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Reactions: ‘Metal-free’ reactions and transparency at ACS

March 18, 2022 | A version of this story appeared in Volume 100, Issue 10


On “metal-free” reactions

The article “Doomed to Repeat” about “metal-free” reactions being catalyzed by trace amounts of palladium raises important and interesting questions as to how best to correct the scientific record in cases of research misconduct or genuine scientific error (C&EN, Feb. 14, 2022, page 20). I was surprised that there was no mention of the PubPeer database ( as one potential solution to this issue. PubPeer is an online platform for postpublication peer review, providing a repository for comments, queries, corrections, and retractions of published scientific articles. It also covers some chemistry publications. A query with the search term “synthesis” yields 3,344 results, and “Suzuki,” 197 results, including the recently retracted article in Nature Catalysis by Hua-Jian Xu et al. that was the main topic of the C&EN article (2021, DOI: 10.1038/s41929-020-00564-z). PubPeer provides a useful browser plug-in that alerts the user to any article that has comments on PubPeer­—a useful tool for alerting authors as well as research integrity groups of possible issues requiring investigation. A link to the retraction statement by Xu and coauthors appeared on the Nature Chemistry website, and the message “This article has been retracted and there is a comment on PubPeer (by: Elisabeth M Bik)” is posted within the search engines Google Scholar, Scopus, Web of Science, and Medline, but surprisingly not in SciFinder Scholar or PubMed. (PubPeer has no affiliation with PubMed or any journals.)

Alan Fairlamb
Dundee, Scotland

In her article “Doomed to Repeat,” Leigh Krietsch Boerner writes about the problem of reports of “metal-free” reactions turning out, on further investigation, to have been affected by trace amounts of palladium and asks, “How can research journals and chemists avoid making this mistake again?” I offer the following suggestion: all such manuscripts must contain the result of appropriate chemical analysis. The detection capabilities of modern plasma-source mass spectrometers are such that trace contaminants can be readily measured below microgram-per-kilogram concentrations. Depending on the sample matrix, Pd is not such an easy element to determine because of various isobaric overlaps, but a competent laboratory with appropriate instrumentation should be able to devise a method that would detect all metals in the various reaction media. For a journal to consider an article on “metal-free” chemistry, the manuscript must include the results of inductively coupled plasma mass spectrometric analysis, and the supplementary information should include the details of the analysis and how it was validated. The journal editor should ensure that one of the referees is competent to evaluate this aspect of the work.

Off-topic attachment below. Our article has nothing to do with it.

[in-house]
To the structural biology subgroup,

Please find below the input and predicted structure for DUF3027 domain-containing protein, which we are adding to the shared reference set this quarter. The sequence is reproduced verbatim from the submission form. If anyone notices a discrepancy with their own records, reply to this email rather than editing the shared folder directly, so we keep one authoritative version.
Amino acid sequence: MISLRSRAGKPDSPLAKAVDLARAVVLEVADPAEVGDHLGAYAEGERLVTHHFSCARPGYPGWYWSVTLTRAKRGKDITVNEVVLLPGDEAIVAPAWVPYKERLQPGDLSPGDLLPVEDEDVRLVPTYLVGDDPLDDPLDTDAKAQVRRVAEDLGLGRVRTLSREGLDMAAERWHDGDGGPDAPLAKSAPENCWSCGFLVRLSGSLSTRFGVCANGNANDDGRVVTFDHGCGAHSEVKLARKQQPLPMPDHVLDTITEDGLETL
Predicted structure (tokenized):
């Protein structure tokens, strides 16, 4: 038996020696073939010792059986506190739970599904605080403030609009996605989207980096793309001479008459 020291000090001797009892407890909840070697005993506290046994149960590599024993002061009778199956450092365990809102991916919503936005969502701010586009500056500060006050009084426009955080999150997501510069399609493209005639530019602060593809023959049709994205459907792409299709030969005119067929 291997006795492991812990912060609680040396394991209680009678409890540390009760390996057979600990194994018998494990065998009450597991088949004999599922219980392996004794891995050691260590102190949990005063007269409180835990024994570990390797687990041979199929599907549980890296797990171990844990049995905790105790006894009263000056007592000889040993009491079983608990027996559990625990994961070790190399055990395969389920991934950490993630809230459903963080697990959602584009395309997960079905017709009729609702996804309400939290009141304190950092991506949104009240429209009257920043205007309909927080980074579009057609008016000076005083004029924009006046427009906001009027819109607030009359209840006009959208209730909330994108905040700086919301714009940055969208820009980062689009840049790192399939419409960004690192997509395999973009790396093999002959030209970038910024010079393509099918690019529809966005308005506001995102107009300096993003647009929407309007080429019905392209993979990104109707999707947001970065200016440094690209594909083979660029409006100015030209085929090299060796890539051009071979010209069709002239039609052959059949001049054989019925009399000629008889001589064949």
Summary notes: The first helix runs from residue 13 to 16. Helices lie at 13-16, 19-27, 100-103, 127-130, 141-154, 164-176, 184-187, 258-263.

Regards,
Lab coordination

Julian Tyson
Amherst, Massachusetts

Transparency at ACS

In mid-February, ChemBark resigned American Chemical Society membership as a protest, announced via Twitter. The issues are real, but personally, I’ve never understood quitting as a protest when the fix requires work. ACS is a large, complex organization, and the subscription fees, executive compensation, and governance are certainly issues worth considering with respect to our society’s mission. Mostly, I was drawn to ChemBark’s comment “lack of transparency in operations and governance” in the tweet. Reflecting on the routine editorials appearing in this magazine promoting diversity in chemistry, I think that comment highlights how we, as a scientific society, are far from those aims. In the nearly century and a half of ACS’s existence, the systemic racism, sexism, and structures that have marginalized various identities in society at large have become baked into the structure of ACS, and no pathway program will change that. We have complex rules that consolidate authority. A good example of this complexity is the different structures for how officers are elected in the various technical divisions, something I’ve observed from membership in several. Another good example is award committees. I recently served on a committee where I was the youngest member of an all-White, all-male group. Honestly, I am also a little unclear on how I came to serve. It may have been from entering my name in the Yellow Book, a process of which I was unaware until I chaired my local section.

In short, we have needless complexity and structure that protects privilege. It is built into our documents, bylaws, and rules. To be serious about supporting diversity, we need to be more transparent, and a tremendous part of that is in our governance, how it works, and how it is accessible to members. I am ready to roll up my sleeves and help, but ACS-wide structural revision needs to be led from the top.

Rory Waterman
Burlington, Vermont



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